Friday, November 02, 2007

Terminal Advising

There are some interesting issues related to the professional relationships of advisors and advisees at or soon after the end of the latter's graduate or postdoctoral programs. There are several aspects of this I want to explore in the near future. Today I will write about issues related to an advisee's job search efforts.

Some graduate students and postdocs show me their application materials when they apply for academic jobs, and I am happy to give general advice and assistance based on my experience reading many such applications. Application materials should be an accurate reflection of the applicant’s ideas and abilities, but I think it is entirely reasonable for an applicant to discuss and get input about general issues of content, tone, type and amount of information, and balance between research and teaching statements.

Some advisees prefer not to show me their application materials. At this stage, some advisees want to be more independent, and that is fine with me.

In an effort to help my advisees with the job search process, I am giving a series of informal Applying for Academic Jobs 101 talks to my research group this fall. There are also formal courses on this topic given by the university, so students and postdocs have many options for getting advice and information. Other resources are available for those interested in non-academic jobs.

Of those who show me some or all of their application materials, some show me their application materials before sending them and some show these to me after submitting them, in the latter case just as a FYI kind of thing to help me “focus” my reference letter (as one recent applicant phrased it when he sent me the cover letter for a submitted application). Either way is fine with me; it is up to the applicant to make this decision.

The conundrum: what to do if application materials have major problems.

Example: This fall, I was given a copy of an already-sent cover letter, and the letter was filled with glaring writing errors of a non-trivial sort: e.g., sentences that made no sense, missing punctuation and words, typos.

The issue is not the content of my reference letters. The difficult questions for me are: (1) if a flawed application is not yet submitted, how much help with the writing should be given? and (2) if the flawed application has been submitted, should the applicant be told about the problems?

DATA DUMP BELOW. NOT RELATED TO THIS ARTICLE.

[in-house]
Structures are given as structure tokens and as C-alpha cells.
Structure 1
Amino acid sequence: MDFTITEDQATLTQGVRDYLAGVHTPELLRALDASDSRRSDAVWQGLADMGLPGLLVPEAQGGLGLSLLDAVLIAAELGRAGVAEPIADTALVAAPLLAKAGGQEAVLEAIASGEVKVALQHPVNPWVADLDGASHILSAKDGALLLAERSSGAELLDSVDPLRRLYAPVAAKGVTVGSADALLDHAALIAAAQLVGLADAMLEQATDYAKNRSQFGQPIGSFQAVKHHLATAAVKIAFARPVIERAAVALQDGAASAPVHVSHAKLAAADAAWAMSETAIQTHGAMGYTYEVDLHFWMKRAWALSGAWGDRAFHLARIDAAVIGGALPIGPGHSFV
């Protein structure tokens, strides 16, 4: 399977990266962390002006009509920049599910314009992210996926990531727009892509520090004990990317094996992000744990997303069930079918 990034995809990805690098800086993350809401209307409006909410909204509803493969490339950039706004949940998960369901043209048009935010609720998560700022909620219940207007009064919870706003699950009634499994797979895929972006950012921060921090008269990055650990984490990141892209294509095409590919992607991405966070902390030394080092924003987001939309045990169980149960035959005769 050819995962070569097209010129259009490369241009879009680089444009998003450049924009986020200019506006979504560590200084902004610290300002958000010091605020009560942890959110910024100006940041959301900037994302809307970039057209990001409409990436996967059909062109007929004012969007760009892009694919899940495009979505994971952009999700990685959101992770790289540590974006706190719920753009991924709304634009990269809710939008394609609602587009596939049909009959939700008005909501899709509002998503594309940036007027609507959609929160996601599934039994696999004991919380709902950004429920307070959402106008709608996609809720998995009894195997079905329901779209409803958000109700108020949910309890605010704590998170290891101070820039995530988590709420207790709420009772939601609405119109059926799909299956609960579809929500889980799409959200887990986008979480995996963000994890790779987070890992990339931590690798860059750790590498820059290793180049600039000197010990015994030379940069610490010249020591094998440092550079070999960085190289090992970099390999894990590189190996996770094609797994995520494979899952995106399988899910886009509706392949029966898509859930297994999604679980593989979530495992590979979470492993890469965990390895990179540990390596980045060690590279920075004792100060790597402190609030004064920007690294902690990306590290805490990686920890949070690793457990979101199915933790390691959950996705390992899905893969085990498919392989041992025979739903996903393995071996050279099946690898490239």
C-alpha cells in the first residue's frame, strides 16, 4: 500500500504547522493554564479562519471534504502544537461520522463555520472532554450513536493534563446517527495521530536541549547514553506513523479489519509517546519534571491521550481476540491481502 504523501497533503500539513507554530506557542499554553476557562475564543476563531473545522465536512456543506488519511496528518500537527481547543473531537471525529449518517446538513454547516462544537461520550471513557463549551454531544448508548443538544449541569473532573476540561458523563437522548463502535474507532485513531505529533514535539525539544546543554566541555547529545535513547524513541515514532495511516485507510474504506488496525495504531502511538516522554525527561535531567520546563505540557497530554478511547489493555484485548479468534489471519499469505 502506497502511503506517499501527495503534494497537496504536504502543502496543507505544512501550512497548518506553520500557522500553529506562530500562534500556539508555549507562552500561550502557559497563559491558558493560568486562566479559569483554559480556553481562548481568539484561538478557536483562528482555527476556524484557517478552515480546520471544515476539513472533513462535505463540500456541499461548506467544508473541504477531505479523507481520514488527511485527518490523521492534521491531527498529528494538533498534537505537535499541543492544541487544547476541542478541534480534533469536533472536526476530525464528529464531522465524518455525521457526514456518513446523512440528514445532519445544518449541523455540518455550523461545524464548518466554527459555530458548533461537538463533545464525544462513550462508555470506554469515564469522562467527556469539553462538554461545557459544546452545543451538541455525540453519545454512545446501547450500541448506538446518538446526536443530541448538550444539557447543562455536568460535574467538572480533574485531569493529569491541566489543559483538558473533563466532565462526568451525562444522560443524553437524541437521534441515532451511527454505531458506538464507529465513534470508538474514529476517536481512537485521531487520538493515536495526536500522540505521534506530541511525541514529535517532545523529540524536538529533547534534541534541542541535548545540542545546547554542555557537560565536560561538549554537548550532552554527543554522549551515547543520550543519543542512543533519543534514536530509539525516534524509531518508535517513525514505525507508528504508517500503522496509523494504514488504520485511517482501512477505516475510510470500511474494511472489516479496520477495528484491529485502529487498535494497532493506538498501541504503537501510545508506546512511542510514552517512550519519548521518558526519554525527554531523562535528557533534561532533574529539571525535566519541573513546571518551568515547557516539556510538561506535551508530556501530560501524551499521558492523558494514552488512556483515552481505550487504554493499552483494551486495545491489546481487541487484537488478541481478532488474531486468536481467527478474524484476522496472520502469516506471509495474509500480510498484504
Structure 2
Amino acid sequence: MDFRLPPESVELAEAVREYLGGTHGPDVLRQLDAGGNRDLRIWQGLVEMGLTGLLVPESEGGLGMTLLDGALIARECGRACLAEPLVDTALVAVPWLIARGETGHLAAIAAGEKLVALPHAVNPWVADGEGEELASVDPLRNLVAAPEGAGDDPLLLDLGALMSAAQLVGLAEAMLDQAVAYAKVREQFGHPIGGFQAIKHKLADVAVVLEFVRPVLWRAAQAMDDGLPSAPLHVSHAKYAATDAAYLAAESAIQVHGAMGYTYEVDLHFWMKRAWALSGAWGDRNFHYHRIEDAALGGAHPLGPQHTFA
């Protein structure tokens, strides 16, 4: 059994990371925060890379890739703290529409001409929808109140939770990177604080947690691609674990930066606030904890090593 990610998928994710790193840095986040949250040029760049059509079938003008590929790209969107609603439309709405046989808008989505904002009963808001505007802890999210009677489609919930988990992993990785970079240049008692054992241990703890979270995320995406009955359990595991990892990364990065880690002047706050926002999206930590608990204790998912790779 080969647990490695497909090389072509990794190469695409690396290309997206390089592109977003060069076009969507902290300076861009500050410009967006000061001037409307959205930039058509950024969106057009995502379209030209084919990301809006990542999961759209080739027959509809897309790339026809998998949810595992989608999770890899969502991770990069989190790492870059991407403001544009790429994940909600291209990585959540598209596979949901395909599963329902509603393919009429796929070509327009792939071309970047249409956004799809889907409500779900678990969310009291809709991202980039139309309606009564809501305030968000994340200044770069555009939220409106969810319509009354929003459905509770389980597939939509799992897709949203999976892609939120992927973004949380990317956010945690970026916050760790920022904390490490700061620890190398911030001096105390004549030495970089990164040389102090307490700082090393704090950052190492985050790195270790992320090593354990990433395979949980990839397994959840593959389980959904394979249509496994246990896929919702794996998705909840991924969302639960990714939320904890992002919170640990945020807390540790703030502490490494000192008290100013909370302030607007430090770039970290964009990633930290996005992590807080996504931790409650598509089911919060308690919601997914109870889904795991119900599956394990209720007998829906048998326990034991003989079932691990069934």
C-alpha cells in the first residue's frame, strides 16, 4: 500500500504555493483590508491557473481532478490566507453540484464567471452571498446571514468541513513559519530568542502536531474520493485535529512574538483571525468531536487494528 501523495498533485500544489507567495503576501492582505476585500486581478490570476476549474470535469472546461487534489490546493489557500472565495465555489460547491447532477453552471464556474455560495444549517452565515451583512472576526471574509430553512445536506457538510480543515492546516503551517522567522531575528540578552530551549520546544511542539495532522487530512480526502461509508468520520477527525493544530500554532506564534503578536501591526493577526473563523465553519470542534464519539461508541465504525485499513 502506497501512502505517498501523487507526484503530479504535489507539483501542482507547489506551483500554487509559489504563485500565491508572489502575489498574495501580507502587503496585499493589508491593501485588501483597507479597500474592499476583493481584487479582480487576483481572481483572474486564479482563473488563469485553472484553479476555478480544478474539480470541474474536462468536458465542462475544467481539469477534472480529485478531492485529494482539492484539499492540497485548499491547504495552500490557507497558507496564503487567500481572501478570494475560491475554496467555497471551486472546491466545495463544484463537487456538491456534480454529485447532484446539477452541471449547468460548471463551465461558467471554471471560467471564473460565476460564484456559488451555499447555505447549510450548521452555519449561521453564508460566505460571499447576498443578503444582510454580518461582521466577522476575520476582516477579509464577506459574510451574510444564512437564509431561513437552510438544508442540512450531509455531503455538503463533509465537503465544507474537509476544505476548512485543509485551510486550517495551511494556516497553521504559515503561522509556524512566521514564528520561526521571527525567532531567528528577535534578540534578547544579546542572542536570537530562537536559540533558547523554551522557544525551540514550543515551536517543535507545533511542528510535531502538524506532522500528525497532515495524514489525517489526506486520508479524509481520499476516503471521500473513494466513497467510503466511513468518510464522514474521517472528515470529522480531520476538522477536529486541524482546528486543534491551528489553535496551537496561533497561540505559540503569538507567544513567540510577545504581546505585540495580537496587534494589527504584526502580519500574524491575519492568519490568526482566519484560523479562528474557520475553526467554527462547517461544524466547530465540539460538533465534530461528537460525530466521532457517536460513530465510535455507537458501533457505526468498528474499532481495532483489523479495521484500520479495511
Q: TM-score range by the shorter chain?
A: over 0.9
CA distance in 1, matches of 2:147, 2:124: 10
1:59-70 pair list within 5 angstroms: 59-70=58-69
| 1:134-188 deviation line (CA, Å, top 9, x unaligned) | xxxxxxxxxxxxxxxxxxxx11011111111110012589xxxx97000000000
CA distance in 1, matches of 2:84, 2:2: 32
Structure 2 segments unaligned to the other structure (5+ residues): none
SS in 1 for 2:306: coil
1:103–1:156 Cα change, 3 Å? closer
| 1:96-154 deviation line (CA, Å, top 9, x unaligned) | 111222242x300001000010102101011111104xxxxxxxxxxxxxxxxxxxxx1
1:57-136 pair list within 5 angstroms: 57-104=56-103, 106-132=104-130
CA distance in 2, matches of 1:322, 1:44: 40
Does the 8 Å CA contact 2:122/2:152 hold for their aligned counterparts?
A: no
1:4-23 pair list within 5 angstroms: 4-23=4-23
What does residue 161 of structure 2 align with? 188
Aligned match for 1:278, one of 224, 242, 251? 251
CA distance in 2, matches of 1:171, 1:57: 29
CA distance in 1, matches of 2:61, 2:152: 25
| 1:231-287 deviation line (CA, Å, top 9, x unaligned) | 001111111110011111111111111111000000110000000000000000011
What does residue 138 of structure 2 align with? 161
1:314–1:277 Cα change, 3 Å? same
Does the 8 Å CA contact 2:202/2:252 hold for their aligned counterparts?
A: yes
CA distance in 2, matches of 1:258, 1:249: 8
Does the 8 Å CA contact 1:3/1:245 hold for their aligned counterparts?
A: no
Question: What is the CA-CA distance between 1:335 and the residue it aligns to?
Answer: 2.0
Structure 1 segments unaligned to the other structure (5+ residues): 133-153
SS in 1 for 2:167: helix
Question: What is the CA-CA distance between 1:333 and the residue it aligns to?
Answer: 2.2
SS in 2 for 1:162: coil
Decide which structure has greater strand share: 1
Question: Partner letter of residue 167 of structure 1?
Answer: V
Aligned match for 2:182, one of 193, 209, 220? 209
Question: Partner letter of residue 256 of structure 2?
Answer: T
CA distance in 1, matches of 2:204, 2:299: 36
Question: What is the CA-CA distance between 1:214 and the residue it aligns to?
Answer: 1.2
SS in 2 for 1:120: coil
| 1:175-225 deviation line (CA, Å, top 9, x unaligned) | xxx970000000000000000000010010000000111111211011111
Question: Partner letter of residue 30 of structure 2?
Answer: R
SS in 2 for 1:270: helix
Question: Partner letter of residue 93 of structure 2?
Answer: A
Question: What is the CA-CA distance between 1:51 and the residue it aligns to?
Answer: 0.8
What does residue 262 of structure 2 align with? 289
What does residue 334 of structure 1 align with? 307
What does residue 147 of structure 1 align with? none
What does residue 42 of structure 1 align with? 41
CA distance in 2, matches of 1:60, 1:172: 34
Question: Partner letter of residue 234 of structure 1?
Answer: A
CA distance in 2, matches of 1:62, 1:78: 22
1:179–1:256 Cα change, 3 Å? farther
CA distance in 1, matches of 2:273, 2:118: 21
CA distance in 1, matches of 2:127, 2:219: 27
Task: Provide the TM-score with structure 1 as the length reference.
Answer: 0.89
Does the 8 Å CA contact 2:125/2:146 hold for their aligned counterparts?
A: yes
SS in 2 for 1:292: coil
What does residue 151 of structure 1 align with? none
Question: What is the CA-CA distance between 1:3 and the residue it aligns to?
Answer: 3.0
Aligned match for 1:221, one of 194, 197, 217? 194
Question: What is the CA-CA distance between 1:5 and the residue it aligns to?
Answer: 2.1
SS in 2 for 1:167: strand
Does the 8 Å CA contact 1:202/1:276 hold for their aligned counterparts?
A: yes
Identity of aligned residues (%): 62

The general issue is the extent to which someone should get assistance with job application materials in terms of writing and other technical aspects. It would be wrong for me to rewrite or provide major editing of an applicant's letter or statement, but just saying “This writing is bad” seems insufficient.

I am trying to figure out the best way to help applicants fix their applications, but without crossing a line between providing an unethical level of assistance. Ideally, I would also be able to do this without causing great anxiety at a time that is already anxious owing to the usual uncertainty of a job search process, but somehow I don't think that is possible. I can imagine how I would feel if my advisor told me that all the job applications I just sent off are deeply flawed. I would want to know that before I sent off more, but it would still be a mortifying experience.

Yes, it is possible that someone can be a brilliant and creative scientist but a poor writer, and that is the kind of thing an advisor can deal with in a reference letter. Most situations are less clear-cut, however, resulting in yet another psycho-socio-ethical dilemma for us hapless professors to confront.


Anonymous said...

Your university probably has a writing center where students can go to get help with these issues. I think I would tell the student about the problems, as gently as possible, and direct him or her to the writing center. I would try hard to convey to the student that these problems don't reflect any personal shortcomings, and that seeking help with writing issues is not something to be embarrassed about, but rather is a smart career move that will pay off down the road.

You could think about suggesting to all students, as part of your general advice, that they pay a visit to the writing center (or at least have a friend or relative proofread their writing) before sending off their first application. It's a good idea for anyone, and might help prevent some of these situations from occurring in the first place.